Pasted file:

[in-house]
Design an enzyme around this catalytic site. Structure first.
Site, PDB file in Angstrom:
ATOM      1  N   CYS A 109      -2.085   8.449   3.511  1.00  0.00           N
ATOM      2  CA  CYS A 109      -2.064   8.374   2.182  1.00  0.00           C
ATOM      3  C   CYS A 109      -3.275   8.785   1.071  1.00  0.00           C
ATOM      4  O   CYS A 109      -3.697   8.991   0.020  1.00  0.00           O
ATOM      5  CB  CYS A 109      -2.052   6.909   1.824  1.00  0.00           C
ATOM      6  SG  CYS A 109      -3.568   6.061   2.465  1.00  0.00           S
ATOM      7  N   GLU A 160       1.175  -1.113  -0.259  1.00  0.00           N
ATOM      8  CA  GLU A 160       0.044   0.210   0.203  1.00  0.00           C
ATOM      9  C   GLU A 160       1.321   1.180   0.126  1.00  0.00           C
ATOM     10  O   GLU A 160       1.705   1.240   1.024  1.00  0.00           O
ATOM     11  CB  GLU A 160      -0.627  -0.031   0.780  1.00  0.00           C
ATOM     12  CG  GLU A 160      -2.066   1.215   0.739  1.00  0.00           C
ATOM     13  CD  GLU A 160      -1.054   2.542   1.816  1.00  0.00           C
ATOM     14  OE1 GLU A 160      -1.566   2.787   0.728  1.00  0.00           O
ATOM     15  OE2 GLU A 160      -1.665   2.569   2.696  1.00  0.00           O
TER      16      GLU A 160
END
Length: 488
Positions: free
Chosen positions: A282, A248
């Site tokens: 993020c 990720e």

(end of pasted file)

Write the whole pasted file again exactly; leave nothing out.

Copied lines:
[in-house]
Design an enzyme around this catalytic site. Structure first.
Site, PDB file in Angstrom:
ATOM      1  N   CYS A 109      -2.085   8.449   3.511  1.00  0.00           N
ATOM      2  CA  CYS A 109      -2.064   8.374   2.182  1.00  0.00           C
ATOM      3  C   CYS A 109      -3.275   8.785   1.071  1.00  0.00           C
ATOM      4  O   CYS A 109      -3.697   8.991   0.020  1.00  0.00           O
ATOM      5  CB  CYS A 109      -2.052   6.909   1.824  1.00  0.00           C
ATOM      6  SG  CYS A 109      -3.568   6.061   2.465  1.00  0.00           S
ATOM      7  N   GLU A 160       1.175  -1.113  -0.259  1.00  0.00           N
ATOM      8  CA  GLU A 160       0.044   0.210   0.203  1.00  0.00           C
ATOM      9  C   GLU A 160       1.321   1.180   0.126  1.00  0.00           C
ATOM     10  O   GLU A 160       1.705   1.240   1.024  1.00  0.00           O
ATOM     11  CB  GLU A 160      -0.627  -0.031   0.780  1.00  0.00           C
ATOM     12  CG  GLU A 160      -2.066   1.215   0.739  1.00  0.00           C
ATOM     13  CD  GLU A 160      -1.054   2.542   1.816  1.00  0.00           C
ATOM     14  OE1 GLU A 160      -1.566   2.787   0.728  1.00  0.00           O
ATOM     15  OE2 GLU A 160      -1.665   2.569   2.696  1.00  0.00           O
TER      16      GLU A 160
END
Length: 488
Positions: free
Chosen positions: A282, A248
């Site tokens: 993020c 990720e």